environmentally friendly materials that are cadmium- and lead-free. They
also plan to study the liquid LEDs under different conditions to ensure
they are stable for long-term application.

Paper: S. Sadeghi, B. G. Kumar, R. Melikov, M. M. Aria, H. B.
Jalali, S. Nizamoglu “Quantum Dot White LEDs with High Luminous
Efficiency,” Optica, Volume 5, Issue 7Pages: 793-802
(2018). DOI: https://doi.org/10.1364/OPTICA.5.000793

About Optica

Optica is an open-access, online-only journal dedicated to the
rapid dissemination of high-impact peer-reviewed research across the
entire spectrum of optics and photonics. Published monthly by The
Optical Society (OSA), Optica provides a forum for pioneering
research to be swiftly accessed by the international community, whether
that research is theoretical or experimental, fundamental or applied. Optica
maintains a distinguished editorial board of more than 50 associate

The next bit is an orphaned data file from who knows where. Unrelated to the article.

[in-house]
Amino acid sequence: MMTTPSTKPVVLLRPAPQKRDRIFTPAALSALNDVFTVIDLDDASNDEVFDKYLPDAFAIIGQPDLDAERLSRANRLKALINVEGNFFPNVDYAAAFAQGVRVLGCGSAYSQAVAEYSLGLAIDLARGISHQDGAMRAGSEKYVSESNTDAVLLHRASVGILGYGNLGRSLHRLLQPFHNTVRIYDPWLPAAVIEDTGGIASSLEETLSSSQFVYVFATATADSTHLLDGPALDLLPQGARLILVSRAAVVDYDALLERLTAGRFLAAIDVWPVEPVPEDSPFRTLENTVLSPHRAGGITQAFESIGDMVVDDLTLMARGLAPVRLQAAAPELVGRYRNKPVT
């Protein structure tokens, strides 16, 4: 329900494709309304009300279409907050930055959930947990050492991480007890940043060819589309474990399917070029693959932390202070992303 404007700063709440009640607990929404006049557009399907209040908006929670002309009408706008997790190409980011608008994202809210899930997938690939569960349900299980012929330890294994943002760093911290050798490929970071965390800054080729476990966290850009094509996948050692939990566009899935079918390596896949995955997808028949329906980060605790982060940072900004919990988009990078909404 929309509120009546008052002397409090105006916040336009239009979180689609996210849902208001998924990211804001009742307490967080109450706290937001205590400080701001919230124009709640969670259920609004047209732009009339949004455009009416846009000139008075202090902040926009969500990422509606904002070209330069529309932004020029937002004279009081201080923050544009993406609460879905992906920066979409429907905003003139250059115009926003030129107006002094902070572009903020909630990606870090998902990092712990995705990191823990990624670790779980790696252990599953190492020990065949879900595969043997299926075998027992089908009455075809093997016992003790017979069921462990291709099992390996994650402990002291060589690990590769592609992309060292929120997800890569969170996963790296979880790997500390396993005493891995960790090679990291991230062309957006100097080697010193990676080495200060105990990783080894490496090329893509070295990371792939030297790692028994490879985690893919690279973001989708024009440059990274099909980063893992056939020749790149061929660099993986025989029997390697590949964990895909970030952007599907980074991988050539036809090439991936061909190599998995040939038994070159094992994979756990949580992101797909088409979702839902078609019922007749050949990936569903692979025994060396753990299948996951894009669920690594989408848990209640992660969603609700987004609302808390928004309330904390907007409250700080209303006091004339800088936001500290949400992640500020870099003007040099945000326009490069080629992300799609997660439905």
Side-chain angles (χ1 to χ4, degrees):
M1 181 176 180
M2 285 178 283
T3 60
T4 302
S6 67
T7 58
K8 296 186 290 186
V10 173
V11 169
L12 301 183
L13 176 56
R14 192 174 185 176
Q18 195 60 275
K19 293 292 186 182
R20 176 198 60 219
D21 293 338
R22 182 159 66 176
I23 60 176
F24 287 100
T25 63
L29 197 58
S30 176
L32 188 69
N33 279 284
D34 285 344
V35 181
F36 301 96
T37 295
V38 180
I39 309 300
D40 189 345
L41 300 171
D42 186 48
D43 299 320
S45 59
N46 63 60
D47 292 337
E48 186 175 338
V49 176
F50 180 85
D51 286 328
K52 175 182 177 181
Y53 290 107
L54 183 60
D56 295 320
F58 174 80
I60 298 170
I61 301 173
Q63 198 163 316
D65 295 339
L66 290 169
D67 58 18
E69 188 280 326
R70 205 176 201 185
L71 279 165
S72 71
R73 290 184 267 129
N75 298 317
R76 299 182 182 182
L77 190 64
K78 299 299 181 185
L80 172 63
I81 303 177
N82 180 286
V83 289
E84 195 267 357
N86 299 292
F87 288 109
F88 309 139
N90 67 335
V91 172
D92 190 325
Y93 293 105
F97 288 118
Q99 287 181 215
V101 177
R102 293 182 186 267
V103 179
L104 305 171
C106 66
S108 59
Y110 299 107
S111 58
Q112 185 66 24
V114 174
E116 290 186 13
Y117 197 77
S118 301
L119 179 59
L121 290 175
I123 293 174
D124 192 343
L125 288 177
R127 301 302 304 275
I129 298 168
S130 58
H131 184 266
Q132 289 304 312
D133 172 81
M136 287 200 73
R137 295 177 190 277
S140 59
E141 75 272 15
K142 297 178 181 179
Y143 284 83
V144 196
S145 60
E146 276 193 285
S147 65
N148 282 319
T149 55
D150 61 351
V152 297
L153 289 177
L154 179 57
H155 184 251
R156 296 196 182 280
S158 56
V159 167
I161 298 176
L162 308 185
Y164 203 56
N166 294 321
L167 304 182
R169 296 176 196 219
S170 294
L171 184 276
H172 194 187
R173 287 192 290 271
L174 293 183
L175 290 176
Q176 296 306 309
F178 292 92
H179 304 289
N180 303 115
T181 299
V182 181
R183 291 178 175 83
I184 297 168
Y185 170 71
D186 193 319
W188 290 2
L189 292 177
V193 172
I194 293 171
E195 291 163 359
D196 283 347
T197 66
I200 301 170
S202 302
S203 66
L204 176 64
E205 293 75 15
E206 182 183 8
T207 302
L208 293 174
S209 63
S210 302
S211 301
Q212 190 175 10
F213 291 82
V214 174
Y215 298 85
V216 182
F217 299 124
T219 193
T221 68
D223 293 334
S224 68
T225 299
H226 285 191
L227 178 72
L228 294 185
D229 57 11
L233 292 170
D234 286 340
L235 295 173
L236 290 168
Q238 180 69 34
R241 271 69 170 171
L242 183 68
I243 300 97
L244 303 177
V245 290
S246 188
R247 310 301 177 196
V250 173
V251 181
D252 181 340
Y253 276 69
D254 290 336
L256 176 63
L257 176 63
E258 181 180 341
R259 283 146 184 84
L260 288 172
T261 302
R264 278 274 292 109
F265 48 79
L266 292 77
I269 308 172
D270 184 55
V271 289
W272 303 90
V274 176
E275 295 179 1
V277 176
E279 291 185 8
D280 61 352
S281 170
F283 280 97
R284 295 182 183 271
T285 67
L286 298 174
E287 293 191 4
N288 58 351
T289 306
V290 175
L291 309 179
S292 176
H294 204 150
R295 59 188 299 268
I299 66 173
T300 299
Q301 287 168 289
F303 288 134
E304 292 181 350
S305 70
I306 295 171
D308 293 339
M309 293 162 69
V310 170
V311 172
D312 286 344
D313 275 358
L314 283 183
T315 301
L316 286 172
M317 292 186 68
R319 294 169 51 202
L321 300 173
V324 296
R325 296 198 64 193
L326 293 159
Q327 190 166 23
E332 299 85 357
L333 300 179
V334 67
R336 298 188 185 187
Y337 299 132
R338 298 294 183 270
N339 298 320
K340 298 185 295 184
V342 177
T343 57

editors from around the world and is overseen by Editor-in-Chief Alex
Gaeta, Columbia University, USA. For more information, visit Optica.

About The Optical Society

Founded in 1916, The Optical Society (OSA) is the leading professional
organization for scientists, engineers, students and business leaders
who fuel discoveries, shape real-life applications and accelerate
achievements in the science of light. Through world-renowned
publications, meetings and membership initiatives, OSA provides quality
research, inspired interactions and dedicated resources for its
extensive global network of optics and photonics experts. For more
information, visit osa.org.